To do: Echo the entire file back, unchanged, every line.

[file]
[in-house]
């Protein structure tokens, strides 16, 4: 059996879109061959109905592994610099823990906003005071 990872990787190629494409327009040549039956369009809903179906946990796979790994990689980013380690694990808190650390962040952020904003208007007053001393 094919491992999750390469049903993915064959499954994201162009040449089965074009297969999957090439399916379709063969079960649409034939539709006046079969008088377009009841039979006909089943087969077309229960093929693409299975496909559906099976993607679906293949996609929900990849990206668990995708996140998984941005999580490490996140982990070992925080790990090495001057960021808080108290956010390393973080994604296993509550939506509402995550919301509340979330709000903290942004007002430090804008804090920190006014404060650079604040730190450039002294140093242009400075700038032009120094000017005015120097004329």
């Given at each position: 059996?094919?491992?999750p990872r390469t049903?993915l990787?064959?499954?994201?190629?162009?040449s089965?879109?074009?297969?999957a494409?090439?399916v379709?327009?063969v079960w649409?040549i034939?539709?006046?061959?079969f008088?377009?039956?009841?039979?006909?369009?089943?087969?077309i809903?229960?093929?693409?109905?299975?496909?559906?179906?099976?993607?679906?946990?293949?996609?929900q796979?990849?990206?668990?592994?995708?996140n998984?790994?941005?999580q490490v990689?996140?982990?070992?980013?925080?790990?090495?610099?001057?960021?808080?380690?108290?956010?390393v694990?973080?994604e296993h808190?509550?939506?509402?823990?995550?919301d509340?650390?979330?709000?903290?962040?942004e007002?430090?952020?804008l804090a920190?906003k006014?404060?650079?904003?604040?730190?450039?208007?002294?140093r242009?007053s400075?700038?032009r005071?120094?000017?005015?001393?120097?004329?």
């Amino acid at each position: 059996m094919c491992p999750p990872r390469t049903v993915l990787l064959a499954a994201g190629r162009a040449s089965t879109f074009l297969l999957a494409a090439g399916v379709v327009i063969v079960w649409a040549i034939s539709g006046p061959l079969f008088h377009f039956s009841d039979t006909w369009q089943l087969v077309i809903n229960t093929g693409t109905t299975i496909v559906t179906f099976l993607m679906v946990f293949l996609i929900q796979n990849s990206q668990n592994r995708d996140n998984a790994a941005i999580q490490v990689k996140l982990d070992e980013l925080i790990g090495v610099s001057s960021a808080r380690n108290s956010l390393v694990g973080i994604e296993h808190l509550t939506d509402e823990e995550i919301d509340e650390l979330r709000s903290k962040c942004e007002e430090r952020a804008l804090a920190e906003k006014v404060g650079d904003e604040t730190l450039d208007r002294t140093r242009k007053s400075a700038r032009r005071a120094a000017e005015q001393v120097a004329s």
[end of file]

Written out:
[in-house]
């Protein structure tokens, strides 16, 4: 059996879109061959109905592994610099823990906003005071 990872990787190629494409327009040549039956369009809903179906946990796979790994990689980013380690694990808190650390962040952020904003208007007053001393 094919491992999750390469049903993915064959499954994201162009040449089965074009297969999957090439399916379709063969079960649409034939539709006046079969008088377009009841039979006909089943087969077309229960093929693409299975496909559906099976993607679906293949996609929900990849990206668990995708996140998984941005999580490490996140982990070992925080790990090495001057960021808080108290956010390393973080994604296993509550939506509402995550919301509340979330709000903290942004007002430090804008804090920190006014404060650079604040730190450039002294140093242009400075700038032009120094000017005015120097004329």
């Given at each position: 059996?094919?491992?999750p990872r390469t049903?993915l990787?064959?499954?994201?190629?162009?040449s089965?879109?074009?297969?999957a494409?090439?399916v379709?327009?063969v079960w649409?040549i034939?539709?006046?061959?079969f008088?377009?039956?009841?039979?006909?369009?089943?087969?077309i809903?229960?093929?693409?109905?299975?496909?559906?179906?099976?993607?679906?946990?293949?996609?929900q796979?990849?990206?668990?592994?995708?996140n998984?790994?941005?999580q490490v990689?996140?982990?070992?980013?925080?790990?090495?610099?001057?960021?808080?380690?108290?956010?390393v694990?973080?994604e296993h808190?509550?939506?509402?823990?995550?919301d509340?650390?979330?709000?903290?962040?942004e007002?430090?952020?804008l804090a920190?906003k006014?404060?650079?904003?604040?730190?450039?208007?002294?140093r242009?007053s400075?700038?032009r005071?120094?000017?005015?001393?120097?004329?």
């Amino acid at each position: 059996m094919c491992p999750p990872r390469t049903v993915l990787l064959a499954a994201g190629r162009a040449s089965t879109f074009l297969l999957a494409a090439g399916v379709v327009i063969v079960w649409a040549i034939s539709g006046p061959l079969f008088h377009f039956s009841d039979t006909w369009q089943l087969v077309i809903n229960t093929g693409t109905t299975i496909v559906t179906f099976l993607m679906v946990f293949l996609i929900q796979n990849s990206q668990n592994r995708d996140n998984a790994a941005i999580q490490v990689k996140l982990d070992e980013l925080i790990g090495v610099s001057s960021a808080r380690n108290s956010l390393v694990g973080i994604e296993h808190l509550t939506d509402e823990e995550i919301d509340e650390l979330r709000s903290k962040c942004e007002e430090r952020a804008l804090a920190e906003k006014v404060g650079d904003e604040t730190l450039d208007r002294t140093r242009k007053s400075a700038r032009r005071a120094a000017e005015q001393v120097a004329s």